By Stu Hackel
What is this lockout about? That is something that the NHL’s team owners have never clearly articulated, but one thing we’ve been led to believe is that while a group of established clubs are generating huge revenues, many more are not and some are losing boatloads of money. One franchise that is frequently cited as drowning in red ink is the Florida Panthers, which Forbes Magazine pegged as having lost $7 million last year. During the last nine years, Florida supposedly took a $68 million bath, about $7.5 million annually.
But in a new post, Johnathan Willis of The Edmonton Journal’s Cult of Hockey blog writes about how he hunted down and examined publicly available documents of the Panthers’ parent company’s finances and they show a much different and more complicated picture. Sunrise Sports & Entertainment, which owns the team and controls its arena, actually showed a profit of $117.4 million between 1998 and 2012, including a stretch in which the Panthers missed the playoffs for 10 consecutive seasons.
Willis believes that the finances of these parent companies, or sister companies — and there are many of them in the NHL — can be structured to show less favorable results for the hockey team while it, as the anchor tenant of the arena, drives all the other events and business. Part of his evidence is that the parent company had its lowest profitability during the 2004-05 lockout year “That’s either an incredibly interesting coincidence, or evidence that the Panthers themselves help make the arena as profitable as it is,” he writes. Add a sweetheart deal with the local government to operate the building, as the Panthers and other clubs have, and owners can really jack up their revenues.
His conclusions: 1. NHL teams are gateways to favorable arena deals, and thus greater revenue; and 2. Hockey Related Revenue is defined in such a way so as to maximize the appearance of losses on the sport’s side.
We discussed Hockey Related Revenue during the summer and how it excludes all sorts of streams the players cannot share. “The bottom line,” Willis writes, “is that the Panthers’ current ownership did not get into hockey to lose money, and according to the county auditor they haven’t lost money. Florida, commonly presented as one of the league’s have-not teams, and an example of the dangers of over-expansion, is nothing of the sort: it’s a healthy business, carefully presented to appear like a money-losing operation.”
Friday marks Day 62 of the lockout. Feel free to once again ask why.
PLAYERS PLAYING FOR OTHERS: NHL CBA talks are going nowhere — and more on that below — but that doesn’t mean NHLers are asleep.
Earlier this week, we surveyed how the hockey community was responding to the massive destruction along the Eastern Seaboard caused by Hurricane Sandy. This event could be the most significant response yet: members of the locked-out Rangers, Flyers and others from the league will skate in a charity game at Boardwalk Hall in Atlantic City on Saturday, Nov. 24 at 7 PM.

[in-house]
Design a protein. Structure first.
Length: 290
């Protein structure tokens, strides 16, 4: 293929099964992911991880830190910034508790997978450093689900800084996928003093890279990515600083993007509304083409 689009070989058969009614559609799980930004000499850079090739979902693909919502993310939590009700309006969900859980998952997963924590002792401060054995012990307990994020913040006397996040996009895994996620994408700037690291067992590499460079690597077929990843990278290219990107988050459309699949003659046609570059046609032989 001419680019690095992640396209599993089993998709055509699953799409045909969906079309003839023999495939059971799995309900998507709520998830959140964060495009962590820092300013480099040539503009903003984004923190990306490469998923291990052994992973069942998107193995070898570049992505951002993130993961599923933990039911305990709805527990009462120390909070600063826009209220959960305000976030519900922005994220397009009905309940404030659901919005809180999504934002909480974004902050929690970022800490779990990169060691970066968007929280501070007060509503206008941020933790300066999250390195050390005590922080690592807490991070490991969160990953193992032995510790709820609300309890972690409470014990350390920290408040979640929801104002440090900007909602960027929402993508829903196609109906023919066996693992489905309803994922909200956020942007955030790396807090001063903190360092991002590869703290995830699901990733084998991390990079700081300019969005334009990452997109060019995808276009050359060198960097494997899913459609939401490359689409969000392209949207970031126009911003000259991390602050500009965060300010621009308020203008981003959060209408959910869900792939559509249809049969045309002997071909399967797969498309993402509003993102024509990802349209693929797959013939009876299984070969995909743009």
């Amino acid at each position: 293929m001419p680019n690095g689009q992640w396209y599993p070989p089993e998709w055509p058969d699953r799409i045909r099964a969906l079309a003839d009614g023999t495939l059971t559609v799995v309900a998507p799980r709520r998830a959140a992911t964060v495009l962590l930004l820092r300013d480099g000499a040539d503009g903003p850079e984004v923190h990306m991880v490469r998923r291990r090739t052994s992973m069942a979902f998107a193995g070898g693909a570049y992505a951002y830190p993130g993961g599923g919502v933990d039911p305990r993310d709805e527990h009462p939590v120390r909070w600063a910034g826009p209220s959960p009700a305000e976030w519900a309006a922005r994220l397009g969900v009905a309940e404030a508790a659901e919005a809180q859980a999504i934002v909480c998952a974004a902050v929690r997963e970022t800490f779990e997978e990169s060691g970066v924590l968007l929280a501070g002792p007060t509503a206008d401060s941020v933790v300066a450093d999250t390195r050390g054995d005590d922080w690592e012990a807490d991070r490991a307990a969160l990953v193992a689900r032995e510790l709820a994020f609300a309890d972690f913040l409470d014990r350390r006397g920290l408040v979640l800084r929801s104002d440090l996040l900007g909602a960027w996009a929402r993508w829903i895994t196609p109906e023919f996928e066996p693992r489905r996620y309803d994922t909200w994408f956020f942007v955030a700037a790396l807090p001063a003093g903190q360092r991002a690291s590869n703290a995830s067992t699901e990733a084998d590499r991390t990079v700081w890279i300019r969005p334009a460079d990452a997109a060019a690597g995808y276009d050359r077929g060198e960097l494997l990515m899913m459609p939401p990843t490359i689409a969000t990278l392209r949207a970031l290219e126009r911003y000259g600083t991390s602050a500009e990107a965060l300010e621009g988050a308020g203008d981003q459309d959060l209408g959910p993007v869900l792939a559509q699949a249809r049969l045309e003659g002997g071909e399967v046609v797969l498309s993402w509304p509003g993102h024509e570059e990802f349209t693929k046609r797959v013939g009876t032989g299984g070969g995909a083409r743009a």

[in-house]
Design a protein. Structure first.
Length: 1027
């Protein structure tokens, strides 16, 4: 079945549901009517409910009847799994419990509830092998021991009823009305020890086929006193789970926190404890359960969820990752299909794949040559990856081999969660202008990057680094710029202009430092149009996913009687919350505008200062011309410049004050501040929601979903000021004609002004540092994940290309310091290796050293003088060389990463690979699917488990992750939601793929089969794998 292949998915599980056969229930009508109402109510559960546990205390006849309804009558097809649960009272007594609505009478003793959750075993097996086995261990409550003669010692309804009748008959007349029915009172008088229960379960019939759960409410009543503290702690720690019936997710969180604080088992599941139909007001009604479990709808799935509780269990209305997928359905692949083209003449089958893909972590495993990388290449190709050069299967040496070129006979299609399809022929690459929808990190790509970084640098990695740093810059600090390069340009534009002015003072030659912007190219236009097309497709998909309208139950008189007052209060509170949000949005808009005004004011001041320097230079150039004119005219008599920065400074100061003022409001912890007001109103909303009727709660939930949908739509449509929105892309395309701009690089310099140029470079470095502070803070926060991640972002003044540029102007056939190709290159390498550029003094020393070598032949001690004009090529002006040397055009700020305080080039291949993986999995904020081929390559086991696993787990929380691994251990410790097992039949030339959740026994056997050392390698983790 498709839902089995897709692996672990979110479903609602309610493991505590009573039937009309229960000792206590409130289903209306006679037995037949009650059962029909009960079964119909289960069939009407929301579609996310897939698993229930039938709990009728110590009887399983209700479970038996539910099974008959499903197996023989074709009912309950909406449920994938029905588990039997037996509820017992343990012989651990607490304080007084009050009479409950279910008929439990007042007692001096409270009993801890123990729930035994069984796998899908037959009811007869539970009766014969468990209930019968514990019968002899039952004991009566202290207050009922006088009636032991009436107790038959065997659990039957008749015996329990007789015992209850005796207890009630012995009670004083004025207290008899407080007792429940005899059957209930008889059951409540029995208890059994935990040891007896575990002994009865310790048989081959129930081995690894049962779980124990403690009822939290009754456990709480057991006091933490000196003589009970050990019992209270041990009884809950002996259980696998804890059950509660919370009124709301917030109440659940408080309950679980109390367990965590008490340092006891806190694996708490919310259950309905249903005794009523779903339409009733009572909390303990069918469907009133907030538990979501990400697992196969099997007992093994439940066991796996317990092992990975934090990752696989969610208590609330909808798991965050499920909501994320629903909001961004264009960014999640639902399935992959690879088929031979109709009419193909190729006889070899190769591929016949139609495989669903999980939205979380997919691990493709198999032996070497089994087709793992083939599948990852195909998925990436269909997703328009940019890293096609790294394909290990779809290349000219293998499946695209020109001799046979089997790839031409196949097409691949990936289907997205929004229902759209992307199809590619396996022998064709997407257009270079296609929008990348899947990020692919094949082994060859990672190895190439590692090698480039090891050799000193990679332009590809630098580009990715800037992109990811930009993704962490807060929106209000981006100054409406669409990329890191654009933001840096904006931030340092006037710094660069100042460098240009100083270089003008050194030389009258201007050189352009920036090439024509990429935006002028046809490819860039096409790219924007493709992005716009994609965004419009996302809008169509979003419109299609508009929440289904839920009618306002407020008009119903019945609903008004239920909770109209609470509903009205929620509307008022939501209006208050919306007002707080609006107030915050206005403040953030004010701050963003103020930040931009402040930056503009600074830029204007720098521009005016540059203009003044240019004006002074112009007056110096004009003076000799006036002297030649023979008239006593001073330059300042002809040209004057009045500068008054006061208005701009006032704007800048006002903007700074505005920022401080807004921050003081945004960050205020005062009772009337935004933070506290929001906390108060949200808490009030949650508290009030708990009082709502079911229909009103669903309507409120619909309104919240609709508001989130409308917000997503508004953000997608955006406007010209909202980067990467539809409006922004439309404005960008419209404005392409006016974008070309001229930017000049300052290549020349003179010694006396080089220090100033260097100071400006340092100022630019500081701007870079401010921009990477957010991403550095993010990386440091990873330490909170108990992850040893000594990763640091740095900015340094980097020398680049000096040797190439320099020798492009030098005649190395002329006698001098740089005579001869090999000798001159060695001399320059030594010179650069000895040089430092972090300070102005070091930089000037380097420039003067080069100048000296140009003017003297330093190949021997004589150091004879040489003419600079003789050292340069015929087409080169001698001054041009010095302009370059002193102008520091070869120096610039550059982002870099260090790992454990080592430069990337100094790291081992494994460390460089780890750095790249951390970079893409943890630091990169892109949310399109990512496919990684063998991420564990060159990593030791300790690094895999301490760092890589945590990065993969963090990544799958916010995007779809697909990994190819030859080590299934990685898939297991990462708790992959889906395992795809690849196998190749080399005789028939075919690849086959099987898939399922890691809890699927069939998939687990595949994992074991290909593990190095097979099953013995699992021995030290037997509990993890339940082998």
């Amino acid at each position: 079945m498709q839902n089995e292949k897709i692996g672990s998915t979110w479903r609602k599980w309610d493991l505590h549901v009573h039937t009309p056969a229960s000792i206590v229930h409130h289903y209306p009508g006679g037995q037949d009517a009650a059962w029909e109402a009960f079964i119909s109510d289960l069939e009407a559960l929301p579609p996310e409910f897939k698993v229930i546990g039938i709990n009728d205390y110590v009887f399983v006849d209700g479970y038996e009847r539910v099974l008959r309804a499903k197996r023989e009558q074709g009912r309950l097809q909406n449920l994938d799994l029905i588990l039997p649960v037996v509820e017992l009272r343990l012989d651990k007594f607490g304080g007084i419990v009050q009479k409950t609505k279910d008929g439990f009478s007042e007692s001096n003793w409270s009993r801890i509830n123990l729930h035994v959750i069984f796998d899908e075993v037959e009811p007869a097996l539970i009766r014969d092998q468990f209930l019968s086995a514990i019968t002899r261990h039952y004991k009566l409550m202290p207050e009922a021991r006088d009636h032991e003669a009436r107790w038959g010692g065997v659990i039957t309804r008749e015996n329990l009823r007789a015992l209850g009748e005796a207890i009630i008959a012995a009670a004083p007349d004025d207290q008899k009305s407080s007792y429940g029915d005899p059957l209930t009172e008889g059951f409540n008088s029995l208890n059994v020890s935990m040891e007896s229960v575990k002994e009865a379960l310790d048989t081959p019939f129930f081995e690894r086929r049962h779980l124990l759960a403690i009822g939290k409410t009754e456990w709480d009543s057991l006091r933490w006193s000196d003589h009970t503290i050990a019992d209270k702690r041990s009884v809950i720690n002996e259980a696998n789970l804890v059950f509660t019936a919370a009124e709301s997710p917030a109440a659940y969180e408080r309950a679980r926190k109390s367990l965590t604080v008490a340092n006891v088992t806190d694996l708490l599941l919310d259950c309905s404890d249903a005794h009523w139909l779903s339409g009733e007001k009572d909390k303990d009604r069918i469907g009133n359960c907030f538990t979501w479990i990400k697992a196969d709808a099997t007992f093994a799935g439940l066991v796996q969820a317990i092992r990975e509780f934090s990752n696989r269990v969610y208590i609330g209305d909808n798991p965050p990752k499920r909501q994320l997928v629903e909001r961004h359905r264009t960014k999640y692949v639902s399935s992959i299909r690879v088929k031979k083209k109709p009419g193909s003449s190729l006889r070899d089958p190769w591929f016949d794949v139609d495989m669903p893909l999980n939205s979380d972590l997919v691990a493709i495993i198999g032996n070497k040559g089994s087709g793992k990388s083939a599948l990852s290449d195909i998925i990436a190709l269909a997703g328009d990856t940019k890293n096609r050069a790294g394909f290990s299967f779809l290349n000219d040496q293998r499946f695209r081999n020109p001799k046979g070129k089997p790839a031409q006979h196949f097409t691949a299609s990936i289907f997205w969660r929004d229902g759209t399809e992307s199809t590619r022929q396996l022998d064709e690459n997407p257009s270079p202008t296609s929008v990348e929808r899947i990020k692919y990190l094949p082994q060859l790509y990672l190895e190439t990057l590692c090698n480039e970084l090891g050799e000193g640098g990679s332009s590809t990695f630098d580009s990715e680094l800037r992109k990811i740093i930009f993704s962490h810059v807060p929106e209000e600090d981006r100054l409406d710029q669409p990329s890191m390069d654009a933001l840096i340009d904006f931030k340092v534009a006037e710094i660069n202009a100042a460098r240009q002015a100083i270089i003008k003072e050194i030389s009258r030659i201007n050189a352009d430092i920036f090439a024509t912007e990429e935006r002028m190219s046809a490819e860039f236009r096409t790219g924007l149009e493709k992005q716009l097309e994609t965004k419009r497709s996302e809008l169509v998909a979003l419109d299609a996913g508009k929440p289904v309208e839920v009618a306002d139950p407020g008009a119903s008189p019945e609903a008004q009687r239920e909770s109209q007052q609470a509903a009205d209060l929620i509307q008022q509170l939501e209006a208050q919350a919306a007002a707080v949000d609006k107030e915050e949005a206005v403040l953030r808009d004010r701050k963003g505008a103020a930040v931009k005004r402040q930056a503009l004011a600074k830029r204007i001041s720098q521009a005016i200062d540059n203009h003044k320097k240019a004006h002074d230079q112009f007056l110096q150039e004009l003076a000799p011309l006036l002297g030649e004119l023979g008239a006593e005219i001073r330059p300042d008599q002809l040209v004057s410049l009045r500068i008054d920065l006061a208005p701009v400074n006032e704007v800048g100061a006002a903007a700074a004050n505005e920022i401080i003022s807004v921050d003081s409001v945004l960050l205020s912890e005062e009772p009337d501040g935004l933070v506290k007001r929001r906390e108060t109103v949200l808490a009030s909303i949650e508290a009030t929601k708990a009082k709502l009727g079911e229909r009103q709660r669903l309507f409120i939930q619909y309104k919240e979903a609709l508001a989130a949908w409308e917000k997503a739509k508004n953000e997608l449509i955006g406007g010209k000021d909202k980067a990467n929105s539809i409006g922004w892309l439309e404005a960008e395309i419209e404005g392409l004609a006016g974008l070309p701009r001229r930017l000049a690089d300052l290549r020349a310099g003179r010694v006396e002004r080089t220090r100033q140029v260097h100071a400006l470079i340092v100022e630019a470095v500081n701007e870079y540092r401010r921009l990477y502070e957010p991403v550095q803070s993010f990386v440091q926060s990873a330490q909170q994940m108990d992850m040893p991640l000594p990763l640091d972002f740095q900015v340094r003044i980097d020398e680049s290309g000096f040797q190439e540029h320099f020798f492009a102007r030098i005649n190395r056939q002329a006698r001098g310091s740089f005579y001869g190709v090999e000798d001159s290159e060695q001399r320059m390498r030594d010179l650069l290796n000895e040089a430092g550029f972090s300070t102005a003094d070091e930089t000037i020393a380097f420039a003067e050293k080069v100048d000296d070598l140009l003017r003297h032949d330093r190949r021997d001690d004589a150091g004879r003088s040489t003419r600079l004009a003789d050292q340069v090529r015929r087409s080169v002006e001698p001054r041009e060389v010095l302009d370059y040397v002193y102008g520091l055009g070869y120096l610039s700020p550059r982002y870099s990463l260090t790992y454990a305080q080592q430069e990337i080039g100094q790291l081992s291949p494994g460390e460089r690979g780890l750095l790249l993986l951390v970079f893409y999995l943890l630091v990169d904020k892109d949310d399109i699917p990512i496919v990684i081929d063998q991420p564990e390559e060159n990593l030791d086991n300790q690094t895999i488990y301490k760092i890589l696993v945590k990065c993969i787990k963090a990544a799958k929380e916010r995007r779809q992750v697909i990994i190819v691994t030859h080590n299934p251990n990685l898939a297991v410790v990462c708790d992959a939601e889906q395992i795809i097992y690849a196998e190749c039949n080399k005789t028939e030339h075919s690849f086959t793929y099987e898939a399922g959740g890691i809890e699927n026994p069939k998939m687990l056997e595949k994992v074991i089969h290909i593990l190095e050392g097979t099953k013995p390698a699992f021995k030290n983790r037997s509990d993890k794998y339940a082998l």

Caesar’s Palace in Atlantic City has, apparently, helped put this effort together and proceeds from the game, called “Operation Hat Trick,” will go to the American Red Cross, the Empire State Relief Fund and the New Jersey Relief Fund. The and the American Red Cross. Tickets are priced from $25 to $100 and can be purchased at the Boardwalk Hall Box Office, ticketmaster.com, all Ticketmaster locations, or by calling 800-736-1420.
A Facebook page for the game has been created and you can visit that page here.
Among the players who have committed are Rangers Brad Richards, Brian Boyle, Steve Eminger, Taylor Pyatt and Jeff Halpern; Flyers Scott Hartnell, Kimmo Timonen, Braydon Coburn, Jody Shelley and Wayne Simmonds; plus James Neal (Penguins), Bobby Ryan (Ducks), James van Riemsdyk (Maple Leafs), Ville Leino (Sabres), Dan Carcillo (Blackhawks), Simon Gagne (Kings), John Carlson (Capitals) and Steve Downie (Avalanche). The list of players will likely grow.
“We’re not playing, but we feel a sense of responsibility to our communities,” Richards told Larry Brooks of The New York Post. “It’s a privilege to be in this position, really.” Richards participated in a youth hockey fundraiser on storm-ravaged Staten Island on Friday with at least a half-dozen of his Blueshirt teammates.
“We are all overwhelmed by the damage and destruction caused to our area by Hurricane Sandy and as professional hockey players, we wanted to come together to help those who were victimized by the storm,” Richards told The Philadelphia Inquirer’s Sam Carchidi. “While we know the road to recovery is long, we hope a hockey game featuring some of the top players will help rally additional support for the three great organizations that are committed to helping rebuild our area.”
Richards lives in lower Manhattan and lost power during the storm. He’s been among the athletes who are active in relief efforts on Staten Island.
Carchidi quoted Hartnell as saying, “The lives that have been touched by the devastation are people in our own communities and the communities of our fans.” He also said that it’s “an honor” to participate in the event and told Tim Panaccio of CSNPhilly.com that he will captain one team and Richards the other on November 24.
“Hockey is a small world,” Hartnell said. “We thought of this. Atlantic City got hammered. There were some people putting out feelers and we jumped at the opportunity. We’re a great group of guys. It’s like our own All-Star Game. This is going to benefit those affected by Hurricane Sandy and it’s going to be a great night in Atlantic City.